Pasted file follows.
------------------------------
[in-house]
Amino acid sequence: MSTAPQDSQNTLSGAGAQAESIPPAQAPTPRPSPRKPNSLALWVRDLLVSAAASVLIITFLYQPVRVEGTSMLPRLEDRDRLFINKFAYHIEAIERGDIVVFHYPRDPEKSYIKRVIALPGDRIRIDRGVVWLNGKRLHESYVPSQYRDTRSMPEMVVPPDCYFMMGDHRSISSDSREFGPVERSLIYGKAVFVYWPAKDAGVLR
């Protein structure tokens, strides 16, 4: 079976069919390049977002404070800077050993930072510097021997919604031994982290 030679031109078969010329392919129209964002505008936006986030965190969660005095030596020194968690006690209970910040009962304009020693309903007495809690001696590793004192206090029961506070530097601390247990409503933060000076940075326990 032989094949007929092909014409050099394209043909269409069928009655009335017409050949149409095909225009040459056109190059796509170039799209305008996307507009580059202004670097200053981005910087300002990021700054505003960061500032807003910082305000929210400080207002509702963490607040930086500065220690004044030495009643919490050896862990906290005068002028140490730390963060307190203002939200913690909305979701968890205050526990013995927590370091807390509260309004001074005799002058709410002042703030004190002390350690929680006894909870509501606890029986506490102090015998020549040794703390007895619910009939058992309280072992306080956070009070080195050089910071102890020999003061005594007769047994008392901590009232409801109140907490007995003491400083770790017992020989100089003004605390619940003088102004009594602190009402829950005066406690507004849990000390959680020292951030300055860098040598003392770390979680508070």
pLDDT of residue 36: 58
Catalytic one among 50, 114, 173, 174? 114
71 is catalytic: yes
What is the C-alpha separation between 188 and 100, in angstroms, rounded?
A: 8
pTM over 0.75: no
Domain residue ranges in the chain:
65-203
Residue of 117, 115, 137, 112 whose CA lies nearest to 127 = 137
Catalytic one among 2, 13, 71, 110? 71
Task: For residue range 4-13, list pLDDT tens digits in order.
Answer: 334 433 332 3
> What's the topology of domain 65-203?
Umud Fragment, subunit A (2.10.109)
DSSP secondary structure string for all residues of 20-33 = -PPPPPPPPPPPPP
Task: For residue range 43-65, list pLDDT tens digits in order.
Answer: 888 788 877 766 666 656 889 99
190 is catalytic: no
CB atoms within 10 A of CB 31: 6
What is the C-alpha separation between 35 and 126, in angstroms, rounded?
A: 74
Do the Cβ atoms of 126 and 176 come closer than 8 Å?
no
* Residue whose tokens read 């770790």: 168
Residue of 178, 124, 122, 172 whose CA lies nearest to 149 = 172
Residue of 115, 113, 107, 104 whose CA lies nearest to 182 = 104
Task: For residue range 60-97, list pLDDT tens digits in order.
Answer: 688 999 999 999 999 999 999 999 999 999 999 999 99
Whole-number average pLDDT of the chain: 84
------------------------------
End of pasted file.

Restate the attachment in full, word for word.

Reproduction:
[in-house]
Amino acid sequence: MSTAPQDSQNTLSGAGAQAESIPPAQAPTPRPSPRKPNSLALWVRDLLVSAAASVLIITFLYQPVRVEGTSMLPRLEDRDRLFINKFAYHIEAIERGDIVVFHYPRDPEKSYIKRVIALPGDRIRIDRGVVWLNGKRLHESYVPSQYRDTRSMPEMVVPPDCYFMMGDHRSISSDSREFGPVERSLIYGKAVFVYWPAKDAGVLR
């Protein structure tokens, strides 16, 4: 079976069919390049977002404070800077050993930072510097021997919604031994982290 030679031109078969010329392919129209964002505008936006986030965190969660005095030596020194968690006690209970910040009962304009020693309903007495809690001696590793004192206090029961506070530097601390247990409503933060000076940075326990 032989094949007929092909014409050099394209043909269409069928009655009335017409050949149409095909225009040459056109190059796509170039799209305008996307507009580059202004670097200053981005910087300002990021700054505003960061500032807003910082305000929210400080207002509702963490607040930086500065220690004044030495009643919490050896862990906290005068002028140490730390963060307190203002939200913690909305979701968890205050526990013995927590370091807390509260309004001074005799002058709410002042703030004190002390350690929680006894909870509501606890029986506490102090015998020549040794703390007895619910009939058992309280072992306080956070009070080195050089910071102890020999003061005594007769047994008392901590009232409801109140907490007995003491400083770790017992020989100089003004605390619940003088102004009594602190009402829950005066406690507004849990000390959680020292951030300055860098040598003392770390979680508070």
pLDDT of residue 36: 58
Catalytic one among 50, 114, 173, 174? 114
71 is catalytic: yes
What is the C-alpha separation between 188 and 100, in angstroms, rounded?
A: 8
pTM over 0.75: no
Domain residue ranges in the chain:
65-203
Residue of 117, 115, 137, 112 whose CA lies nearest to 127 = 137
Catalytic one among 2, 13, 71, 110? 71
Task: For residue range 4-13, list pLDDT tens digits in order.
Answer: 334 433 332 3
> What's the topology of domain 65-203?
Umud Fragment, subunit A (2.10.109)
DSSP secondary structure string for all residues of 20-33 = -PPPPPPPPPPPPP
Task: For residue range 43-65, list pLDDT tens digits in order.
Answer: 888 788 877 766 666 656 889 99
190 is catalytic: no
CB atoms within 10 A of CB 31: 6
What is the C-alpha separation between 35 and 126, in angstroms, rounded?
A: 74
Do the Cβ atoms of 126 and 176 come closer than 8 Å?
no
* Residue whose tokens read 């770790």: 168
Residue of 178, 124, 122, 172 whose CA lies nearest to 149 = 172
Residue of 115, 113, 107, 104 whose CA lies nearest to 182 = 104
Task: For residue range 60-97, list pLDDT tens digits in order.
Answer: 688 999 999 999 999 999 999 999 999 999 999 999 99
Whole-number average pLDDT of the chain: 84